Thereafter, in vitro colony-forming cell assays allowed for the isolation of two cell types: colony-forming unit (CFU)-Hill cells and endothelial colony-forming cells (ECFC). In the ‘Hill assay’ and the ECFC, or ‘Ingram protocol’, monocytic cells isolated from blood samples were cultured for two days on fibronectin-coated dishes and then replated for further cultivation [6][14]. CFU-Hill cells are phagocytic and express EC-like markers (CD14, CD45, and CD115) but lack proliferative and vasculogenic activity. While lacking CD14, CD45, and CD115, ECFCs express EC markers and have the ability to form capillary-like structures in vitro and vessels in vivo [18]. ECFCs have been shown to reside in the arterial wall suggesting that this may be the main origin of these cells [13].
In summary, EPCs seem to represent two distinct populations with overlapping antigen expressions (e.g., CD34/VEGFR2): hematopoietic-derived spindle-shaped cells from isolation method I/II, also referred to as circulating angiogenic cells or early EPCs (CFU-Hill colonies), and ECFCs, or late EPCs [19]. Late EPCs have a vasculogenic ability in vitro and are well-integrated into membranes, whereas early EPCs act via a paracrine mechanisms [20] and might even protect late EPCs from oxidative stress [21].

3. Influence on Vascular Pathologies and Role as a Biomarker

At present, there is a lack of information or knowledge regarding cell phenotypes in different diseases as the cells originate from different vascular beds and sources [22]. Half of the CECs from healthy controls express CD36, a marker for cells of microvascular origin, whereas in sickle cell anaemia, this percentage increases to 80% [23]. Contrastingly, no CD36 could be stained in CECs from patients with acute coronary syndrome, consistent with the macro-vascular origin of these cells [24].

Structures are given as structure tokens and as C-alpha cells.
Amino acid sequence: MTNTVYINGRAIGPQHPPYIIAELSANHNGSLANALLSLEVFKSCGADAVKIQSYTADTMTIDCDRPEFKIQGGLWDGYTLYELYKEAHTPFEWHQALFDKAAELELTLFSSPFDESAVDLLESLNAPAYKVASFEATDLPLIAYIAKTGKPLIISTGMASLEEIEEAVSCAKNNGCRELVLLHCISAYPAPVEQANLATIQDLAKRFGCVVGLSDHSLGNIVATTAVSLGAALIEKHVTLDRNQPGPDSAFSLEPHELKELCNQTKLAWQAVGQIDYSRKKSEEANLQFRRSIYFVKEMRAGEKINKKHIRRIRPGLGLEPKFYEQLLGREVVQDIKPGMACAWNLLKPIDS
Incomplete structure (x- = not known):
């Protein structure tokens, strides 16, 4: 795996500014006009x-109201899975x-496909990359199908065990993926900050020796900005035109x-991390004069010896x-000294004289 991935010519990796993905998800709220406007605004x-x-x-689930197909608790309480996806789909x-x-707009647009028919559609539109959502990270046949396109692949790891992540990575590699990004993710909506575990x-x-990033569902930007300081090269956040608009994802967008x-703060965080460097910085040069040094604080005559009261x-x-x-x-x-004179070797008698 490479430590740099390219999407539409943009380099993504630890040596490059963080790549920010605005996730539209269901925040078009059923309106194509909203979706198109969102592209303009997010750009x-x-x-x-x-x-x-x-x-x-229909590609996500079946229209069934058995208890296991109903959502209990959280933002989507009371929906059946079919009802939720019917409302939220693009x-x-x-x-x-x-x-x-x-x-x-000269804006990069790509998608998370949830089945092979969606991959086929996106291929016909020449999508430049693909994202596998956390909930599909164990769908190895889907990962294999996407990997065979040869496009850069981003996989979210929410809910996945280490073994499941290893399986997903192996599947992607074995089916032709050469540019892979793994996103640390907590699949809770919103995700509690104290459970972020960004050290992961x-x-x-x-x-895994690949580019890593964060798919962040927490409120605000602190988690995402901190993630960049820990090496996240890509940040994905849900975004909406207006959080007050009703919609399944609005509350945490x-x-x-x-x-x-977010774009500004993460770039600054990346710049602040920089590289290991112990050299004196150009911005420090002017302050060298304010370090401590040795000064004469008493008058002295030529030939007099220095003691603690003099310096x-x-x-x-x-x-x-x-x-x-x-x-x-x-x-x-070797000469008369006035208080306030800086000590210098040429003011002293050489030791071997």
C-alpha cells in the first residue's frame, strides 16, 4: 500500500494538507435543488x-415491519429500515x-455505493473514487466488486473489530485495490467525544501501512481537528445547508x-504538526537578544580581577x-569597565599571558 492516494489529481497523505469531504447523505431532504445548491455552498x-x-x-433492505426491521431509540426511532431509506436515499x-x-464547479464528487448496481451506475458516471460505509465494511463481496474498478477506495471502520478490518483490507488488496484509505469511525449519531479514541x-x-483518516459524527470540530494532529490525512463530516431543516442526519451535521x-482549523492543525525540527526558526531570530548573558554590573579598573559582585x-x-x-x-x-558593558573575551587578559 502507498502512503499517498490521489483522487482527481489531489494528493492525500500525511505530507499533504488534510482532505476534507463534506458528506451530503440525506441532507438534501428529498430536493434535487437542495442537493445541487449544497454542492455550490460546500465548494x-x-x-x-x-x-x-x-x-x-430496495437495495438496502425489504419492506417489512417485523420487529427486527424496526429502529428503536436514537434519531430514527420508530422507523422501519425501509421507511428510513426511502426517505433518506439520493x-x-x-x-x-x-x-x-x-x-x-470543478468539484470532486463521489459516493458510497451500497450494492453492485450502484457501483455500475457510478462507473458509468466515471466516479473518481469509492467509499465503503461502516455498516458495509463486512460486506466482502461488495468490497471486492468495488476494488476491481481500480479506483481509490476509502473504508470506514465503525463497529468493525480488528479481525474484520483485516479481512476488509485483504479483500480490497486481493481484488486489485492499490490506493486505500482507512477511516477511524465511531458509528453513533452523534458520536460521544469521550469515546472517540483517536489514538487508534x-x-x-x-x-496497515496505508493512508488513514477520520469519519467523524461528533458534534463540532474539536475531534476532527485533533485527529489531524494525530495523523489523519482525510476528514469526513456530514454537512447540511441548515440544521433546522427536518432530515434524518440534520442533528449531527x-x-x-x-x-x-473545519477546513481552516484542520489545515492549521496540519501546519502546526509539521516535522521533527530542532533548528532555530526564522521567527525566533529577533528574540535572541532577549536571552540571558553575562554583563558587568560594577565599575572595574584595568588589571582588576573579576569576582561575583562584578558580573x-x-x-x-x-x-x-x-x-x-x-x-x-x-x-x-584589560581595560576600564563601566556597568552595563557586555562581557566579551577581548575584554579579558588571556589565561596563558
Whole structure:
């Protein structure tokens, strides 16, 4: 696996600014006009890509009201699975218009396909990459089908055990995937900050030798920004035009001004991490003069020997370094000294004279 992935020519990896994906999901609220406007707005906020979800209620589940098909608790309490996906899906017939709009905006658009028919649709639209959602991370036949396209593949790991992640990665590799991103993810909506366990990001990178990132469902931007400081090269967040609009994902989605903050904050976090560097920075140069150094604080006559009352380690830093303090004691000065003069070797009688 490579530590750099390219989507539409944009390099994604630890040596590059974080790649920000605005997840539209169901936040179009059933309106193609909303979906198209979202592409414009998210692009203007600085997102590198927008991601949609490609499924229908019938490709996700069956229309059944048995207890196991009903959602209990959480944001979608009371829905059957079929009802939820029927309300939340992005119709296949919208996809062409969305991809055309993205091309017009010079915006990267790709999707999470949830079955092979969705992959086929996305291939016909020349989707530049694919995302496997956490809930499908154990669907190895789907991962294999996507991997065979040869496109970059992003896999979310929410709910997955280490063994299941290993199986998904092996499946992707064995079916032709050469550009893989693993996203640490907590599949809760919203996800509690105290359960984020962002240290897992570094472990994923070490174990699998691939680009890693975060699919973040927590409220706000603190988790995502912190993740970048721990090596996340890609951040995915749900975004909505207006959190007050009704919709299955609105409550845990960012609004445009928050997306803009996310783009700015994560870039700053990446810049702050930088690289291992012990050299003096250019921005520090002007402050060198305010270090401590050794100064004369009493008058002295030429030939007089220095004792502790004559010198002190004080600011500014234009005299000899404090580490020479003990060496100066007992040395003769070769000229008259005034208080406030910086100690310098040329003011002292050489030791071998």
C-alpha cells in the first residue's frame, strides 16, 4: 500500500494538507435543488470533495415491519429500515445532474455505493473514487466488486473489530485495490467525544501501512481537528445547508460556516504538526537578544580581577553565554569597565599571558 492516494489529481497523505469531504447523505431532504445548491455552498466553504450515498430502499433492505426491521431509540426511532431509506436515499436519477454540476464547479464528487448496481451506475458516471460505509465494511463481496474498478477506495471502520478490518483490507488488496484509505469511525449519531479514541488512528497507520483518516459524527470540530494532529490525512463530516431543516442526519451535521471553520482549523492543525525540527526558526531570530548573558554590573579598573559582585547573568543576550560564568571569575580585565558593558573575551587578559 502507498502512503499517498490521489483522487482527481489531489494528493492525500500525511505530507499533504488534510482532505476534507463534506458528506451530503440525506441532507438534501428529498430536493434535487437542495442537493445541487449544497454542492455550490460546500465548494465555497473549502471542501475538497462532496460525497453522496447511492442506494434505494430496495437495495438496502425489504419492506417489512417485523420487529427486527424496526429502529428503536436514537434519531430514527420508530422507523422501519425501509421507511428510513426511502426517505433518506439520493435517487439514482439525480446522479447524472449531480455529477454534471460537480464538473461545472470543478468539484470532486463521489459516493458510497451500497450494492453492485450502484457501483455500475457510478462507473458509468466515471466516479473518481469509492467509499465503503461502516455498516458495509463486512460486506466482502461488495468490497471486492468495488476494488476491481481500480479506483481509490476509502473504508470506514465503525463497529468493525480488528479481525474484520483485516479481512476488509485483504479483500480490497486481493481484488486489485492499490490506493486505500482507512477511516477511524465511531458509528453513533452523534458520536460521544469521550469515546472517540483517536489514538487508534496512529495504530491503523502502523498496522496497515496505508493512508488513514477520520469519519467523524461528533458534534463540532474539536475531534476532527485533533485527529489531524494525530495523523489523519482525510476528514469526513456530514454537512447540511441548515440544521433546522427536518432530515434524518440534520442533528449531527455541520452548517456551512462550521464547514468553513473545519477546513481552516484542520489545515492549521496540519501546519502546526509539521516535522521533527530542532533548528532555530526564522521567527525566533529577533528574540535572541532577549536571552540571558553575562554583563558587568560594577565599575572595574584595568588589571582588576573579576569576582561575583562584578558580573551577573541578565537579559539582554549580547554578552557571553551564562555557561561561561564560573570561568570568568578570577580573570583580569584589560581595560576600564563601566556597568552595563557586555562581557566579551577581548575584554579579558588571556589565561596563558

Investigating the role of CECs in endothelial injury with regard to plasma markers of endothelial injury (vWf, tissue plasminogen activator, soluble E-selectin) led to a correlation between CECs and vWf in heart failure [25].
Almost all types of CVD were associated with hypertension, diabetes, smoking and high cholesterol. These CVFs can contribute to endothelial dysfunction [26][27][28][29][30][31][32][33][34][35][36]. High homocysteine and ADMA values also showed a negative effect on EPC count [37][38]. On the other hand, high HDL cholesterol and TG levels correlated with CFU but not with CD34/133+ cell count [39]. Statin [40] and Angiotensin receptor II inhibitors [41], as well as oestrogen levels (high oestrogen levels in women were associated with an increased EPC count [42] in animal carotid injury oestrogen-enhanced EPC function [43]), glitazones [44], erythropoietin [41][45][46][47], and PDE5 inhibitors [48] all showed beneficial effects. EPC count was also dependent on SDF-1 [49][50], VEGF [51][52], NO [53], GCS-F and GM-CSF [54][55] levels.